There are several different “freeflying camps”. From what I can tell we have the womach camp, the Steve Martin camp, the Joe Krathwohl camp and the Chris Biro camp.
People like Hugh Choi are in the Joe K camp. The womachs are trying to create their own camp but essentially are also in the Joe K camp. The Joe K camp is essentially a falconry based approach to training flight. Weight Management and strict recall response are heavily practiced by this camp. Mostly this camp flies A to B and some freestyle flying.
People like Janet, Sid Price, Chris Shank and Barbara Hiedenriech (not really sure on Barbs camp since I have no knowledge of her doing any flying in recent years) are in the Steve Martin camp. The Steve Martin camp is similar to the falconry approach but is softened by inclusion of more OC material and less of a reliance on weight management – though Steve is reported to use weight management fairly often for his shows. Strict recall response are heavily practiced by this camp. Mostly this camp flies A to B and some Freestyle flying.
I will let people chime in on their own if they want to be listed in the Chris Biro camp. The Chris Biro camp uses OC but relies more heavily than the others on coordinating with the influence of evolution and instinctive tendencies. The Chris Biro camp does not use weight management at all (at least extremely rarely) but instead relies heavily on natural appetite, favorite foods, social interest and play interest. This camp flies A to B, Freestyle flying and Sport flying.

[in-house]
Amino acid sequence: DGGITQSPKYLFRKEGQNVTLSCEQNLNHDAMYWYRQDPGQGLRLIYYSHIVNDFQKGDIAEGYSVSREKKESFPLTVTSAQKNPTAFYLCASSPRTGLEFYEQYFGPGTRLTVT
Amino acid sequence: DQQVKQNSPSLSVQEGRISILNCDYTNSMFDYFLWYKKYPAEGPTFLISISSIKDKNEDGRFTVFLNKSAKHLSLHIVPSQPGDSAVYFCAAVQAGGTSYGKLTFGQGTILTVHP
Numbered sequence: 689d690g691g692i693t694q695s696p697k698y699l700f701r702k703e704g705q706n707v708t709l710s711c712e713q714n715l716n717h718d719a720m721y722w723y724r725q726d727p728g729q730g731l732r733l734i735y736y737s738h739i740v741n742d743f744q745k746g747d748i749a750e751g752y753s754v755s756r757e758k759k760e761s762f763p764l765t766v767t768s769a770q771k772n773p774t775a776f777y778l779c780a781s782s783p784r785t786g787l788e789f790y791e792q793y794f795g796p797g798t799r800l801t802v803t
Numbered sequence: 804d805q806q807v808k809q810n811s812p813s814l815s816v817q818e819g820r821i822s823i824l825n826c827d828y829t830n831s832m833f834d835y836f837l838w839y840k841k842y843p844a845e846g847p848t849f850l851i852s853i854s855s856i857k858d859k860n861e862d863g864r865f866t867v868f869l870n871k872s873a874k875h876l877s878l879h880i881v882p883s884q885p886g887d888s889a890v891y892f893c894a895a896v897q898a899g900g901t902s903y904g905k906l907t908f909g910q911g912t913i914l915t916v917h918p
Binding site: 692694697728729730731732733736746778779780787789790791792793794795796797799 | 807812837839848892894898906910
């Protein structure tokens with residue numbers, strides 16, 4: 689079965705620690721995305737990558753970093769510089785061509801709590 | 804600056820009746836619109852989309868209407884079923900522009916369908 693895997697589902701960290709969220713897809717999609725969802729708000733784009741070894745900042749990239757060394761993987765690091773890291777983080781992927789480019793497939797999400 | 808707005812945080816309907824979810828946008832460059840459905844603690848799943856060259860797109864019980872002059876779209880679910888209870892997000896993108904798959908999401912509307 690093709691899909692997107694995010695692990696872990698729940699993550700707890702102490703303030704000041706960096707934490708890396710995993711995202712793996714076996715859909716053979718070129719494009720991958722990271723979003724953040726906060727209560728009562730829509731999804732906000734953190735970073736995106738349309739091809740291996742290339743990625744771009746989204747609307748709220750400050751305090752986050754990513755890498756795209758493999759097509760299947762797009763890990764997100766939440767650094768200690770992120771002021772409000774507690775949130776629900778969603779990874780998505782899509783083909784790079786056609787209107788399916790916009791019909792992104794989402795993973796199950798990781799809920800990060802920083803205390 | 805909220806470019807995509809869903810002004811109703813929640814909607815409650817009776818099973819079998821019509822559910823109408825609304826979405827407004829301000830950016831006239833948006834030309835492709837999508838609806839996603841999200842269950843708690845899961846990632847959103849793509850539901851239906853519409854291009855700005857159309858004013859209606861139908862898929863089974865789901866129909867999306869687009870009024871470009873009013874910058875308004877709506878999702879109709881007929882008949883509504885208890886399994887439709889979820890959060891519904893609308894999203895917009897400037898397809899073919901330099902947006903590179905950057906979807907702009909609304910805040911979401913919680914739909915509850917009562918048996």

From what I can tell the Chris Biro camp publicly demonstrates the most advanced flight skills in their birds of any of these camps. Recall is practiced by this camp but Rally Point Fidelity is considered more important than recall.
Parrots: More Than Pets, Friends For Life
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The Pirate's Parrot Show
An educationally based pirate-themed parrot show performing at state and county fairs since 1991. The Pirate’s Parrot Show is a Fun, Educational, and Interactive experience for all ages and cultures.
Bird Recovery International
One in every eight bird species in the world today is in danger of extinction and these numbers are increasing! Find out how this non-profit organization started by Chris Biro can help save and protect parrots and other birds.
Podcasts with Chris Biro
An Alternate Perspective – Enjoy these audio Podcasts of Chris with guests discussing the nature of training flighted birds. The discussions are intended to be loosely structured around a general topic.
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Hi Susan Hillard and Chris Biro.I’m Ade and i would like to ask about free flying Lories..I have black capped lory and he can fly to me but can’t go back.I would like to learn point a to b and c from you guys..So,please help me and thank you
Thank you for posting such great articles and information. How did you get your birds to retrieve dollar bills from people and bringing them back? How can I start this with my macaw?